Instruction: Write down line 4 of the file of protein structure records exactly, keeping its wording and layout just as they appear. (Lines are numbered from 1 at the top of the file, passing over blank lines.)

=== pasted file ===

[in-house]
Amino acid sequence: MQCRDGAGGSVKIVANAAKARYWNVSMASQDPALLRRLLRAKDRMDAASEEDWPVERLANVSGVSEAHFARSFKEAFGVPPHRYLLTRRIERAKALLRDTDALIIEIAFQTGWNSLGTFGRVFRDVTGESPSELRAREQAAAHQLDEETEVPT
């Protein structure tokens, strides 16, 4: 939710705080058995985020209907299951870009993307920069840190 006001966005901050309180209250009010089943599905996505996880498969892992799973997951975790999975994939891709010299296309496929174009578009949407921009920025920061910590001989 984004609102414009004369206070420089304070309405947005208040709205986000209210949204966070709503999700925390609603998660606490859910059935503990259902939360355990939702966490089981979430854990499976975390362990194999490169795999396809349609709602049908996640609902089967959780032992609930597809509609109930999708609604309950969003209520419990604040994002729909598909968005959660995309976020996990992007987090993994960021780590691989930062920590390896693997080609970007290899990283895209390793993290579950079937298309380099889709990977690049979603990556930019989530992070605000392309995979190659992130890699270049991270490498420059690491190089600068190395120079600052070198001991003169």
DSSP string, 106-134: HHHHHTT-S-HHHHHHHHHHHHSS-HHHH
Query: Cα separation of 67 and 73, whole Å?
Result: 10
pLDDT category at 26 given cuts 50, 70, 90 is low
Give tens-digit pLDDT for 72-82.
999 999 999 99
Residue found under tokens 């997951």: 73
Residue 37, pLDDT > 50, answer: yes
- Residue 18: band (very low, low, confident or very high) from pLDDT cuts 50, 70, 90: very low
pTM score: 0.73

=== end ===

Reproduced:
DSSP string, 106-134: HHHHHTT-S-HHHHHHHHHHHHSS-HHHH